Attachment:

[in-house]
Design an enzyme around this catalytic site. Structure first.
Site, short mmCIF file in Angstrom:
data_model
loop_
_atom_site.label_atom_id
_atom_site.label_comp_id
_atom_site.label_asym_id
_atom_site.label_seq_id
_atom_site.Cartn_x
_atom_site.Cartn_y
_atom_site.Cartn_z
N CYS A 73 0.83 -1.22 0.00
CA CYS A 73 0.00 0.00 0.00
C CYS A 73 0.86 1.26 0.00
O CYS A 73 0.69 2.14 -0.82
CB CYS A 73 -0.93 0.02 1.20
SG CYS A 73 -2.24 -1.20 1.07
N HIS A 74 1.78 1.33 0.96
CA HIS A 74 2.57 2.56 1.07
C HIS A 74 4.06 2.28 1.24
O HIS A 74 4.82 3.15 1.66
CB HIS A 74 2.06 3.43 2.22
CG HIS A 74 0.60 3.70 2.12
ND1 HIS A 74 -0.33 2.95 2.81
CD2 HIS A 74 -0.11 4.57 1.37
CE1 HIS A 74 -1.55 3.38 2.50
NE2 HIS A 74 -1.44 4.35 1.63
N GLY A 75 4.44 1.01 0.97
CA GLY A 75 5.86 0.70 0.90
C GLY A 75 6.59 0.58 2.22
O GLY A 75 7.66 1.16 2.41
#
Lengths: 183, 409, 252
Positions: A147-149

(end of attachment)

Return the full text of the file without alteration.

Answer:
[in-house]
Design an enzyme around this catalytic site. Structure first.
Site, short mmCIF file in Angstrom:
data_model
loop_
_atom_site.label_atom_id
_atom_site.label_comp_id
_atom_site.label_asym_id
_atom_site.label_seq_id
_atom_site.Cartn_x
_atom_site.Cartn_y
_atom_site.Cartn_z
N CYS A 73 0.83 -1.22 0.00
CA CYS A 73 0.00 0.00 0.00
C CYS A 73 0.86 1.26 0.00
O CYS A 73 0.69 2.14 -0.82
CB CYS A 73 -0.93 0.02 1.20
SG CYS A 73 -2.24 -1.20 1.07
N HIS A 74 1.78 1.33 0.96
CA HIS A 74 2.57 2.56 1.07
C HIS A 74 4.06 2.28 1.24
O HIS A 74 4.82 3.15 1.66
CB HIS A 74 2.06 3.43 2.22
CG HIS A 74 0.60 3.70 2.12
ND1 HIS A 74 -0.33 2.95 2.81
CD2 HIS A 74 -0.11 4.57 1.37
CE1 HIS A 74 -1.55 3.38 2.50
NE2 HIS A 74 -1.44 4.35 1.63
N GLY A 75 4.44 1.01 0.97
CA GLY A 75 5.86 0.70 0.90
C GLY A 75 6.59 0.58 2.22
O GLY A 75 7.66 1.16 2.41
#
Lengths: 183, 409, 252
Positions: A147-149